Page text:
The History of the Fresno Center

For three decades, The Fresno Center was known as the place that helped Southeast Asian refugees.

The Fresno Center for New Americans (now The Fresno Center) was founded in 1991 by its first executive director Dr. Tony Vang. Lue Yang would become FCNA’s second executive director when Dr. Tony Vang accepted a professor position at CSU Stanislaus in 1992. Pao Yang became the organization’s third executive director in 2017 when Lue Yang retired after 25 years of service.

The FCNA was originally born from the urgent needs of the large community of Hmong refugees who relocated into Fresno County beginning in the early 1980’s to pursue farming opportunities in California’s rich productive Central Valley. The Hmong were mostly traditional farmers in their former country of Laos and believed the climate would be comparable. Many Hmong believed that their hard work ethic and knowledge as farmers could allow them to earn more money and create brighter futures for their families instead of traditional jobs that required education and command of the English language. Fresno would hold the national record for the largest Hmong community in the United States in 1997 at about 35,000 people according to U.S. Census data and would also evolve to become a strong beacon of hope for Hmong business, enterprise and cultural preservation.

The Hmong people became wartime refugees as a result of their involvement in the CIA’s “Secret War in Laos”, connected to larger conflict against the spread of communism into Southeast Asia and “The Vietnam War”. After the wars ended in 1975, the Hmong, because of their military service and loyalty were forced into exile and fled into Thailand and survived in the Thailand refugee camps which also included refugees who were Laotian, Cambodian, Vietnamese, Mien and other smaller ethnic groups entangled into the Vietnam War conflict.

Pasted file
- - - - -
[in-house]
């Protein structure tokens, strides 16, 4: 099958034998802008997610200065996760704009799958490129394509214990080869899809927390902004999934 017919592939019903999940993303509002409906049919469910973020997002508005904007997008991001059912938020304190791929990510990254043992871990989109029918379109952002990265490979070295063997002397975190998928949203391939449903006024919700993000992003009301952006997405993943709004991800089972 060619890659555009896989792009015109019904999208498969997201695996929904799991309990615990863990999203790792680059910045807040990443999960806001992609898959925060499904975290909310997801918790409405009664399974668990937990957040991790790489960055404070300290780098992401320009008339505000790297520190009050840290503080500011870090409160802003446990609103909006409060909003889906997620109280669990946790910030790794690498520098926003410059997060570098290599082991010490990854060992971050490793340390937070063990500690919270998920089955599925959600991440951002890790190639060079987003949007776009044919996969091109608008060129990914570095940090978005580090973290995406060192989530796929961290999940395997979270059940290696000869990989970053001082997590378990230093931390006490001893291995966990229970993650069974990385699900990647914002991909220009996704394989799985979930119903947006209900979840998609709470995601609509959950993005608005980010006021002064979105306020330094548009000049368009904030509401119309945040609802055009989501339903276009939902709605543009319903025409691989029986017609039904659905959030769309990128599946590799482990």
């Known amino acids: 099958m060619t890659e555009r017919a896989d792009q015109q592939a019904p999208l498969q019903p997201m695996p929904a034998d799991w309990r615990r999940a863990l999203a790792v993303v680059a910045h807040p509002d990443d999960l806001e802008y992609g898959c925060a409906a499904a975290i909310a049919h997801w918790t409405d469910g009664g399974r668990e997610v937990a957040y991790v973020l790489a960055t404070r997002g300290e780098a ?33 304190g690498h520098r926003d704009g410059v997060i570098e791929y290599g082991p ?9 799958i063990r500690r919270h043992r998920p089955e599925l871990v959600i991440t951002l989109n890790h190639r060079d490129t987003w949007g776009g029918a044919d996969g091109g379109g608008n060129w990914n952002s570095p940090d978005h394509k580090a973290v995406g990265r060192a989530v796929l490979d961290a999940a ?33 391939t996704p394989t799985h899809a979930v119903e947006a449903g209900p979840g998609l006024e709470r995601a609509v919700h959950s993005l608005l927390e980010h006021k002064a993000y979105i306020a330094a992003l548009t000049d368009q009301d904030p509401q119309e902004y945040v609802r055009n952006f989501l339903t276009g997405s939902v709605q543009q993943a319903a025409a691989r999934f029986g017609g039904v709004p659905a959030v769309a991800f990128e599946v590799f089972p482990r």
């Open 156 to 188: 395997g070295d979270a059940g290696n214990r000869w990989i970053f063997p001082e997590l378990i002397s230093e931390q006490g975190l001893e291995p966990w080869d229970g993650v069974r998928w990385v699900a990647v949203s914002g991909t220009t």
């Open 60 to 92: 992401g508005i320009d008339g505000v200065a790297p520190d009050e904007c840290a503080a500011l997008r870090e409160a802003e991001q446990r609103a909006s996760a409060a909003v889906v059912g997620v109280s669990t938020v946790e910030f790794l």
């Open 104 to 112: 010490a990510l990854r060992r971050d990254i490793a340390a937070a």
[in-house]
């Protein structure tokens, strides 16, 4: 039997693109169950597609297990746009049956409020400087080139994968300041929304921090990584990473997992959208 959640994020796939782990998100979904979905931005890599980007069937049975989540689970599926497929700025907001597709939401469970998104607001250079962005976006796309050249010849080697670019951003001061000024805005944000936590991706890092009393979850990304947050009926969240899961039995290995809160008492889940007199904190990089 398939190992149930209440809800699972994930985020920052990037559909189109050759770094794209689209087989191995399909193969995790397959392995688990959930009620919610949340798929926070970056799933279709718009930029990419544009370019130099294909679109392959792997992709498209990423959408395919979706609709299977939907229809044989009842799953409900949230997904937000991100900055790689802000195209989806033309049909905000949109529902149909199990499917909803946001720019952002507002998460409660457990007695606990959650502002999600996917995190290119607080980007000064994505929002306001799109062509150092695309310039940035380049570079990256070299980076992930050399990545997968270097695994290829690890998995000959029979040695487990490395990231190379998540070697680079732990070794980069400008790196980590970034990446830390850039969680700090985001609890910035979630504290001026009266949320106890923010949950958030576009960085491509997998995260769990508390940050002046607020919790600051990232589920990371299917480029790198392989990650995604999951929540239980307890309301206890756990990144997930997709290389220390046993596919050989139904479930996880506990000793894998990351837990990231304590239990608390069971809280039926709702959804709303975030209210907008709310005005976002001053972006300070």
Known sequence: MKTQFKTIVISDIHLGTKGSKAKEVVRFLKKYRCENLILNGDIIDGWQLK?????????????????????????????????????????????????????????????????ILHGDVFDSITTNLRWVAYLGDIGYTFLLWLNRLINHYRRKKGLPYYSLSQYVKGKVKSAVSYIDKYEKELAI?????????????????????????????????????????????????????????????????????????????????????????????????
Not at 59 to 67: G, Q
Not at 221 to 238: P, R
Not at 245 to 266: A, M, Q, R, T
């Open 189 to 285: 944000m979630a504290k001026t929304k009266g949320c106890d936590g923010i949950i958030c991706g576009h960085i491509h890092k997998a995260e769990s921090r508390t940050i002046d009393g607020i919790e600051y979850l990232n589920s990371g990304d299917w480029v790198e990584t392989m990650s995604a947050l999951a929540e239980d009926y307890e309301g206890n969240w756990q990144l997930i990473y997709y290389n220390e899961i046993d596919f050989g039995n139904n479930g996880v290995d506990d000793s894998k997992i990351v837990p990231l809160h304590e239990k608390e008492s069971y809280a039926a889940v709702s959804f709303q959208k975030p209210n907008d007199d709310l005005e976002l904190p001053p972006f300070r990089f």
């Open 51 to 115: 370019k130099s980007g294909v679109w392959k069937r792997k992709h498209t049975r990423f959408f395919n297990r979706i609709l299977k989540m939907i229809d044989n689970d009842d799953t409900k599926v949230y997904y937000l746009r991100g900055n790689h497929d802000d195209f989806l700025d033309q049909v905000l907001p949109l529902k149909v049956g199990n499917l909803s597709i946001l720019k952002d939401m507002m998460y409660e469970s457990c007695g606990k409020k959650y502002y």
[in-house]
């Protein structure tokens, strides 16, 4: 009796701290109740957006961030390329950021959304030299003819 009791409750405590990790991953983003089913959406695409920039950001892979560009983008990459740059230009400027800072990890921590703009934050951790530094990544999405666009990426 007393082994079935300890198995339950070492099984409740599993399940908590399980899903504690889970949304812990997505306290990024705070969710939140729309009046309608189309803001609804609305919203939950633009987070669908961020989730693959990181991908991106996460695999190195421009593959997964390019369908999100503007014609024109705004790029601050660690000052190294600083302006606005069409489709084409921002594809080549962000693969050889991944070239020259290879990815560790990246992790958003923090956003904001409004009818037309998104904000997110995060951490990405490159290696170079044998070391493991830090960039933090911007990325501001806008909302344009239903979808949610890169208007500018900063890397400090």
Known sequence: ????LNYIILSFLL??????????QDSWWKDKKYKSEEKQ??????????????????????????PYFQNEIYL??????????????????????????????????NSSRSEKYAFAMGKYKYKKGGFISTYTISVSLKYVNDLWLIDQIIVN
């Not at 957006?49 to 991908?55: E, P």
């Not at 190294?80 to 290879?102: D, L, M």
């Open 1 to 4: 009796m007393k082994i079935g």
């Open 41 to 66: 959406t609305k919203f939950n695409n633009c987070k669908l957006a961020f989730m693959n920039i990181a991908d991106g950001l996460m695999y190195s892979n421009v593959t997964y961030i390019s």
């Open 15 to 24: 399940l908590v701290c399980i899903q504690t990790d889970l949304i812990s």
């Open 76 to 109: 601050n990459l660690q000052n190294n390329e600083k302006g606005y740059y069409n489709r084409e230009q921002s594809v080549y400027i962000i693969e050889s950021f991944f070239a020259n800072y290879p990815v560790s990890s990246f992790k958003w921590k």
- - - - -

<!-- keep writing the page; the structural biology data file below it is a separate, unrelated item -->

The Hmong, who were mostly accepted on the criteria of military service were eventually granted resettlement into the United States through American sponsors who were mostly faith based churches. The first migration of Hmong refugees scattered families across the United States into small communities. Shortly after reconnecting with their relatives, most Hmong families embarked on a secondary migration within the United States into select cities to be close to family and clan. Kinship and community were always at the center of Hmong culture. The City of Fresno would become the largest concentration and community of Hmong in California.

The nonprofit, formerly known as the Fresno Center for New Americans (FCNA), provided education and employment services. It helped with social integration, health education and housing for the growing Hmong, Cambodian, Lao and Vietnamese populations in Fresno County. During the height of the Hmong refugee resettlement from 2004-2005, the agency was the lead organization in establishing the Hmong Resettlement Task Force in partnership with other local ethnic organizations, elected officials and government services.

It’s now been more than 10 years since the last large wave of southeast Asian refugees, and the needs of the community, which now includes first and second generation Hmong Americans, have changed. In an effort to expand and realize its potential, the organization decided to change its name from The Fresno Center for New Americans to The Fresno Center.

In its 30 year history, The Fresno Center has grown from three employees to more than 100 employees and from one program to over 20 programs serving Fresno County. One of its newest programs provides services across three counties (Fresno, Kings, and Merced Counties) and at least one of its programs is providing services to rural Fresno County communities including Parlier, Del Rey, Fowler, and San Joaquin.

I WANT THE FRESNO CENTER TO BE ONE COMMUNITY VOICE; A SAFE SPACE FOR EVERYONE TO COME TOGETHER AND ADVOCATE FOR ISSUES RELEVANT TO OUR COMMUNITY.
– PAO YANG

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